• microRNA control of Hox gene networks
  • Genomic/epigenomic regulation of axis elongation and vertebral patterning
  • Formation and patterning of spinal cord circuitry
  • Evolutionary acquisition of microRNAs shapes developmental networks

Developmental gene networks

The accuracy and reproducibility with which the vertebrate embryo develops is remarkable. Our lab investigates how developmental gene networks are regulated, both at a transcriptional and post-transcriptional level, to achieve such exquisite reproducibility. 

Our lab continues to make seminal contributions to the understanding of how microRNA regulatory mechanisms contribute to refining or stabilising Hox functional output in mouse, how this relates to human disease and how differences in microRNA acquisition between species may shape differences in morphology.

In particular, we are interested in how the developmental modules that define total vertebral number are integrated with those that impart vertebral identity. Moreover, our lab has developed novel genetic tools to address critical questions regarding formation and function of neurons within the spinal cord that relay sensory information directly to the brain. 

Fluorescent transgenic reporter in mouse reveals dynamic Hox gene expression boundaries
Expression of miR-10 in the developing snake, Ophiophagus Hannah.
Neural networks of the spinal cord

 

Edwina McGlinn is an EMBL-Australia Partner Network Lab Group Leader, based at the Australian Regenerative Medicine Institute, Monash University. Edwina completed a PhD in developmental and molecular biology (1999-2004) with Associate Professor Carol Wicking at the Institute for Molecular Bioscience UQ, identifying novel downstream effectors of Sonic hedgehog in the developing mouse limb. She then became a research fellow in the laboratory of Professor Clifford Tabin, Harvard Medical School USA (2004-2010), elucidating genetic networks involved in patterning the vertebrate limb and axial skeleton.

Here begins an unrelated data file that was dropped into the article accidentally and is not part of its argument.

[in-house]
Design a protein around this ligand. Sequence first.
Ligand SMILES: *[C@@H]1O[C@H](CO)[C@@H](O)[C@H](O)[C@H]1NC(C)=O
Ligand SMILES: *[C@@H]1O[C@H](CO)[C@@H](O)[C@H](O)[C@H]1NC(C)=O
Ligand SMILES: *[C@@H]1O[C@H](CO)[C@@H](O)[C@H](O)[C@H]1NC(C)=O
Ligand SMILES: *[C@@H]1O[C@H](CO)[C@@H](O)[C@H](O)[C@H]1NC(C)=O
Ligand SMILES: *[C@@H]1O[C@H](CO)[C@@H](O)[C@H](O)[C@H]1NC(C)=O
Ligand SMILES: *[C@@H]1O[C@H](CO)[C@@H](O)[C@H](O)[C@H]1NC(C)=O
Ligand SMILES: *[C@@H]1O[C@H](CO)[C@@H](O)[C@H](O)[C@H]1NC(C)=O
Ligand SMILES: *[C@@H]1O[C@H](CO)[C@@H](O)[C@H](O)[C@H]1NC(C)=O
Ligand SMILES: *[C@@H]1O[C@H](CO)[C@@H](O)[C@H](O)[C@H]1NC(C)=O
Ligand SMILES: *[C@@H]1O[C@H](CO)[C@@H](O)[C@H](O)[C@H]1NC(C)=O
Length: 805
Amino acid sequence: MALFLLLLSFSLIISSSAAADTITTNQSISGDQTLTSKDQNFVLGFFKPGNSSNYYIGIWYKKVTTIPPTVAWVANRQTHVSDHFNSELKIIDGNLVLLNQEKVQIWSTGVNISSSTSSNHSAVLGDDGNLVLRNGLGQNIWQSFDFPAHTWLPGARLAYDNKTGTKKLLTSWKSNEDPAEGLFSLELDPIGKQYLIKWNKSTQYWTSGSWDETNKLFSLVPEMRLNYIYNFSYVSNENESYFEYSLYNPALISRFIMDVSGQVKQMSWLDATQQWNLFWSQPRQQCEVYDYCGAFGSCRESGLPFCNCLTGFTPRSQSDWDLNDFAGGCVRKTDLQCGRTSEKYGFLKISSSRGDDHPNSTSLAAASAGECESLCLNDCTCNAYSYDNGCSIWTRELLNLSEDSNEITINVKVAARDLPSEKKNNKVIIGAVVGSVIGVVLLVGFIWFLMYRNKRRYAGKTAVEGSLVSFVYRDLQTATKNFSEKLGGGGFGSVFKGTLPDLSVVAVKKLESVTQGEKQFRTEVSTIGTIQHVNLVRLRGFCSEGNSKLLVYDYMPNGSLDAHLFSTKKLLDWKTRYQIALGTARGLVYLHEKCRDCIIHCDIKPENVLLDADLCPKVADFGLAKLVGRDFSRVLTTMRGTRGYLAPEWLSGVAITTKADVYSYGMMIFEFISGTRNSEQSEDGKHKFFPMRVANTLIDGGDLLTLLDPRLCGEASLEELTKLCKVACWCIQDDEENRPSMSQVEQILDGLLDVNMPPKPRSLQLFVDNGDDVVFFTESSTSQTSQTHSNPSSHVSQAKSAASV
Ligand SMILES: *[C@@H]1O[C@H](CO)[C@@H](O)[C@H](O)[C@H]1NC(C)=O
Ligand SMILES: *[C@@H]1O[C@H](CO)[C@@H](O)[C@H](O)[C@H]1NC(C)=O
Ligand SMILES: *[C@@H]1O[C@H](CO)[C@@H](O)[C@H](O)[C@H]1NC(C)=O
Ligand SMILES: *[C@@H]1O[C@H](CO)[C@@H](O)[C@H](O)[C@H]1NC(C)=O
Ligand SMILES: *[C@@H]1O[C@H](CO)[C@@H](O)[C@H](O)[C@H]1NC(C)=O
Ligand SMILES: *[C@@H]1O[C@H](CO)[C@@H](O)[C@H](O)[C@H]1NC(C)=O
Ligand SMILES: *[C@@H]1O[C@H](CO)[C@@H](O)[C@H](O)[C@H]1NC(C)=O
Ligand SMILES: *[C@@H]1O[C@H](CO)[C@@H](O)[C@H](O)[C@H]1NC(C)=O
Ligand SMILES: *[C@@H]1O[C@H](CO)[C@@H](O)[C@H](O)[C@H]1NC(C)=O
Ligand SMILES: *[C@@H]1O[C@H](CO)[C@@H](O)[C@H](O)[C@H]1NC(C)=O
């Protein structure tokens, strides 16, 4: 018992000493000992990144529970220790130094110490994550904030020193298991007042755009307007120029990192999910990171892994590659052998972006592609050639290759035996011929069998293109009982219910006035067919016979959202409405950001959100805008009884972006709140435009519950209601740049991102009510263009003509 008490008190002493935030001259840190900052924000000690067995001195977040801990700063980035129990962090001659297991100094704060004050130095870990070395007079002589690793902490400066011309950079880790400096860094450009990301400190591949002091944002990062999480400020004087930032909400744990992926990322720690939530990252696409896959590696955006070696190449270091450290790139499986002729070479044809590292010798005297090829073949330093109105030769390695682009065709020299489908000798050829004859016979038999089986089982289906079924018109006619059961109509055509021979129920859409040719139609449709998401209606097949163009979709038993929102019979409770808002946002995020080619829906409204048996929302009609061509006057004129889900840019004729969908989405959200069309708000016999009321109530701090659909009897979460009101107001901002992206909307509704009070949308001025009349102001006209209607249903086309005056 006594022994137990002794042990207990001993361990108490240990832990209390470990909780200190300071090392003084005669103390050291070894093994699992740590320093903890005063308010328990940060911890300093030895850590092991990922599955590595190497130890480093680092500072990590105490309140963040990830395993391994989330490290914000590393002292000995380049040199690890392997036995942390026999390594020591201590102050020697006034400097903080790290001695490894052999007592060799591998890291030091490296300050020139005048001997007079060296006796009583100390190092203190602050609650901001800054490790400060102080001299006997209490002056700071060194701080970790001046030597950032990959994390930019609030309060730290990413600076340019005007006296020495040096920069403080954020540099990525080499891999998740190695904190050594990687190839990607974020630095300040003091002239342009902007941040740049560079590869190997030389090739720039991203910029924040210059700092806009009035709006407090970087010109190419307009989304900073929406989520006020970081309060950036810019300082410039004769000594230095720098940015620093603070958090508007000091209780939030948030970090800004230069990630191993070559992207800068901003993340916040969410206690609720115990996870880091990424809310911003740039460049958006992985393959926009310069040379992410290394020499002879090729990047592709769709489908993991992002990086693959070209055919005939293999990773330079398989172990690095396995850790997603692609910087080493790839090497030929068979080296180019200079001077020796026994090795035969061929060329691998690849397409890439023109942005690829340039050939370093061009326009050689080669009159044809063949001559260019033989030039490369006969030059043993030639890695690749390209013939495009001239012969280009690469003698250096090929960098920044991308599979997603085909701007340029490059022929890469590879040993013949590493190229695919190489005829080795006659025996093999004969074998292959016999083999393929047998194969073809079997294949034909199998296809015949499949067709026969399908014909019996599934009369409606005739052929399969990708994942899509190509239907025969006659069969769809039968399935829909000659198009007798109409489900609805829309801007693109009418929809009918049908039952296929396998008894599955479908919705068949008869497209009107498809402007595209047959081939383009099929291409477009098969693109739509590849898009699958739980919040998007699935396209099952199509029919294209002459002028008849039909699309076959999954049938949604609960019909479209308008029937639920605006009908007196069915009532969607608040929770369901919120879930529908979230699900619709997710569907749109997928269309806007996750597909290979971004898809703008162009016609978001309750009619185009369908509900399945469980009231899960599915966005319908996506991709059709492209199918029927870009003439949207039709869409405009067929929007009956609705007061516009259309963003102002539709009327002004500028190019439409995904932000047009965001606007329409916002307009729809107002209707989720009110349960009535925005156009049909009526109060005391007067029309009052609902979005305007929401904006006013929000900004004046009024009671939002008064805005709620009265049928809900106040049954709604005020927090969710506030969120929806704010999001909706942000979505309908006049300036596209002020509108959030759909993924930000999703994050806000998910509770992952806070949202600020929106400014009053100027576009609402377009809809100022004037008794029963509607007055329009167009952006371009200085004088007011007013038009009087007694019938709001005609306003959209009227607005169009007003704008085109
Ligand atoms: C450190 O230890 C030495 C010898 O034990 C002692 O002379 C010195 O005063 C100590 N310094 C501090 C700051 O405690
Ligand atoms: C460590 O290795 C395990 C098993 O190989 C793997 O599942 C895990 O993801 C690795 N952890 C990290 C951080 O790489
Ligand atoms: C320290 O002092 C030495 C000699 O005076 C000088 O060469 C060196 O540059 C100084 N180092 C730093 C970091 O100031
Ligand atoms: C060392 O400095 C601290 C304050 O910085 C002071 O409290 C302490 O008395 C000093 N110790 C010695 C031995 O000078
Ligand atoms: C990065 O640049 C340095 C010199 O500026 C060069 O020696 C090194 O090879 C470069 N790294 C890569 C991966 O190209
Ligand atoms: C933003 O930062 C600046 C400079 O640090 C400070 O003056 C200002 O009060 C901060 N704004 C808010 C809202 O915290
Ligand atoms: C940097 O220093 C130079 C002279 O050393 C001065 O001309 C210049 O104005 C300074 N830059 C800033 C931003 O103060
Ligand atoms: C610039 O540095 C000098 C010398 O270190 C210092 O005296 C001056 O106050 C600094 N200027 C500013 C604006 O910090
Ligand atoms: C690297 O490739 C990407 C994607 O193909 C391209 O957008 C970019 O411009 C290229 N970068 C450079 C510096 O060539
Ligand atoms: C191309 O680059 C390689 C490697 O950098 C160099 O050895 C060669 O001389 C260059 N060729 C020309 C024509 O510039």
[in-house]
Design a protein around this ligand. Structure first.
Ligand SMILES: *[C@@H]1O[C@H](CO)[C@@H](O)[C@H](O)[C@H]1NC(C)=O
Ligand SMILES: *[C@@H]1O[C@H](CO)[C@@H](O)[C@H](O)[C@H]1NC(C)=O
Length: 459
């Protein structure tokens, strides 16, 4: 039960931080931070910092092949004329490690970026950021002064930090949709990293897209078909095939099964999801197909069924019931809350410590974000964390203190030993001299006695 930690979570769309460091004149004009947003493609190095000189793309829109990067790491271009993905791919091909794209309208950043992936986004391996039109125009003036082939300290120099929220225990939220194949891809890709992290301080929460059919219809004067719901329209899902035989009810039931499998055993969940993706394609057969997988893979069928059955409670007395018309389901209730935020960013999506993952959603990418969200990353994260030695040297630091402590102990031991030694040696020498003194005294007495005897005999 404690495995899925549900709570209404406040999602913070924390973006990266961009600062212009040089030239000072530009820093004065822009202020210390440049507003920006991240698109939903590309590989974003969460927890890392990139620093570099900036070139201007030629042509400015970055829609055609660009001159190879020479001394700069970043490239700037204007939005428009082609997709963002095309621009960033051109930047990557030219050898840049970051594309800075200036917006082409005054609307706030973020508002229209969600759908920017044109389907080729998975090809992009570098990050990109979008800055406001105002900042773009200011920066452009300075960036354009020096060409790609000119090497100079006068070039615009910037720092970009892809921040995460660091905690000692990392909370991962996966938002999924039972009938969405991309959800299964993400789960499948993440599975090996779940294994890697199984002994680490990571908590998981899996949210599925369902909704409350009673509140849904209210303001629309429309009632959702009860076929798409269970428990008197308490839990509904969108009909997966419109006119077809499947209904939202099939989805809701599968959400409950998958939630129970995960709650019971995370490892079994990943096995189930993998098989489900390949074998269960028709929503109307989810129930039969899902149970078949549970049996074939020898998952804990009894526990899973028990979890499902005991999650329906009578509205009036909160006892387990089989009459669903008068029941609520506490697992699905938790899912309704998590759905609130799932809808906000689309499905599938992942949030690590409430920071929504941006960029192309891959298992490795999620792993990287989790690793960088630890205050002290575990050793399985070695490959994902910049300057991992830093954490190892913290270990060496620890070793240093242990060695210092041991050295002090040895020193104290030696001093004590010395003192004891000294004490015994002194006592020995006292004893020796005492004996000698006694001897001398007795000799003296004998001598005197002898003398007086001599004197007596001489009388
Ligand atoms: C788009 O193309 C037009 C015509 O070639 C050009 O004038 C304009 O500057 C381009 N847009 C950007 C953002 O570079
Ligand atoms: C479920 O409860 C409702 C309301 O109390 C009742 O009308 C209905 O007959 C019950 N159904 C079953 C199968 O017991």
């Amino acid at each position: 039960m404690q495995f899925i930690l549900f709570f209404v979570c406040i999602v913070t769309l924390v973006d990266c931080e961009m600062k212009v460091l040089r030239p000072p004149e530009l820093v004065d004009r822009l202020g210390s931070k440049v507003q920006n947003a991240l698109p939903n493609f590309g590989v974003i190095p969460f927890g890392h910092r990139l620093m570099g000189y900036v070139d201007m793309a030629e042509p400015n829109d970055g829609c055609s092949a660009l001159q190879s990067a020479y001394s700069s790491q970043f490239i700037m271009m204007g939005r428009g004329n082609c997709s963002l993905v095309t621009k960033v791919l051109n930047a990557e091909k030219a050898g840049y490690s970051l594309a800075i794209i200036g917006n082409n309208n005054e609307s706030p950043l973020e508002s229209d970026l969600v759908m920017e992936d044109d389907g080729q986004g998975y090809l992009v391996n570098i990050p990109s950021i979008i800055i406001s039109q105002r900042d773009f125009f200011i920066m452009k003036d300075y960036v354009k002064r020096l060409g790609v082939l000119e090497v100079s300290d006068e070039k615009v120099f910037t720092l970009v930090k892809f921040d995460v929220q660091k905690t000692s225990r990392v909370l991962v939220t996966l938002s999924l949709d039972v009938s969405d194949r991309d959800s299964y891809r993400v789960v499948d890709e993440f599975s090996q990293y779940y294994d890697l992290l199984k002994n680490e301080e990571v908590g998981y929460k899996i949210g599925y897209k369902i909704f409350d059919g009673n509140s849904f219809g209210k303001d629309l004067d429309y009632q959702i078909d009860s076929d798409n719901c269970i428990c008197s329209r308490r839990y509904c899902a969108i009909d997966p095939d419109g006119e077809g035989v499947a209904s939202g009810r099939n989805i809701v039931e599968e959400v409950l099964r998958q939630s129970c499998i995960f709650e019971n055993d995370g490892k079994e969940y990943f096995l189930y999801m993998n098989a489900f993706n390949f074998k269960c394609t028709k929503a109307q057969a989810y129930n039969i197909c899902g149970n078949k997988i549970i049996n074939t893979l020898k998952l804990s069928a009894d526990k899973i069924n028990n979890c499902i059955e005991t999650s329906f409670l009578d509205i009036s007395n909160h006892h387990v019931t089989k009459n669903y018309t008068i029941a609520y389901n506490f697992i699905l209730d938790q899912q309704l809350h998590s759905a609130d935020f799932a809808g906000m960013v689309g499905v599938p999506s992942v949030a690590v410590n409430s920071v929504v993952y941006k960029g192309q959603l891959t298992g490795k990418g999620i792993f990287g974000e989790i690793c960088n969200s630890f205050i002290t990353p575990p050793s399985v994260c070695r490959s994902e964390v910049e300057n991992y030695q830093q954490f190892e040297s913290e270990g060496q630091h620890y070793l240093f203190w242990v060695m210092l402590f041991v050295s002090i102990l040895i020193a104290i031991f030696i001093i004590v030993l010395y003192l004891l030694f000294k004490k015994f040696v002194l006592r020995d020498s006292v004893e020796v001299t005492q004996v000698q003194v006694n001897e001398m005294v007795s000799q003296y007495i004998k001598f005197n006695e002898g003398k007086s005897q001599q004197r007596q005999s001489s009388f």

Authors
Title
Published In

Wong SF, Agarwal V, Mansfield JH, Denans N, Schwartz MG, Prosser HM, Pourquié O, Bartel DP, Tabin CJ, McGlinn E.

Independent regulation of vertebral number and vertebral identity by microRNA-196 paralogs.

Proc Natl Acad Sci U S A. 2015 Sep 1;112(35):E4884-93. doi: 10.1073/pnas.1512655112. Epub 2015 Aug 17.

Vonk FJ, Casewell NR, Henkel CV, Heimberg AM, Jansen HJ, McCleary RJ, Kerkkamp HM, Vos RA, Guerreiro I, Calvete JJ, Wüster W, Woods AE, Logan JM, Harrison RA, Castoe TA, de Koning AP, Pollock DD, Yandell M, Calderon D, Renjifo C, Currier RB, Salgado D, Pla D, Sanz L, Hyder AS, Ribeiro JM, Arntzen JW, van den Thillart GE, Boetzer M, Pirovano W, Dirks RP, Spaink HP, Duboule D, McGlinn E, Kini RM, Richardson MK.

The king cobra genome reveals dynamic gene evolution and adaptation in the snake venom system.

PNAS 2013;110(51):20651-6. doi: 10.1073/pnas.1314702110.

Heimberg A, McGlinn E.

Building a robust a-p axis.

Curr Genomics. 2012 Jun;13(4):278-88. doi: 10.2174/138920212800793348.

McGlinn E, Yekta S, Mansfield JH, Soutschek J, Bartel DP, Tabin CJ.

In ovo application of antagomiRs indicates a role for miR-196 in patterning the chick axial skeleton through Hox gene regulation.

Proc Natl Acad Sci U S A. 2009 Nov 3;106(44):18610-5. doi: 10.1073/pnas.0910374106. Epub 2009 Oct 21.

Mao J*, McGlinn E*, Huang P, Tabin CJ, McMahon AP.

Fgf-dependent Etv4/5 activity is required for posterior restriction of Sonic Hedgehog and promoting outgrowth of the vertebrate limb.

Dev Cell. 2009 Apr;16(4):600-6. doi: 10.1016/j.devcel.2009.02.005.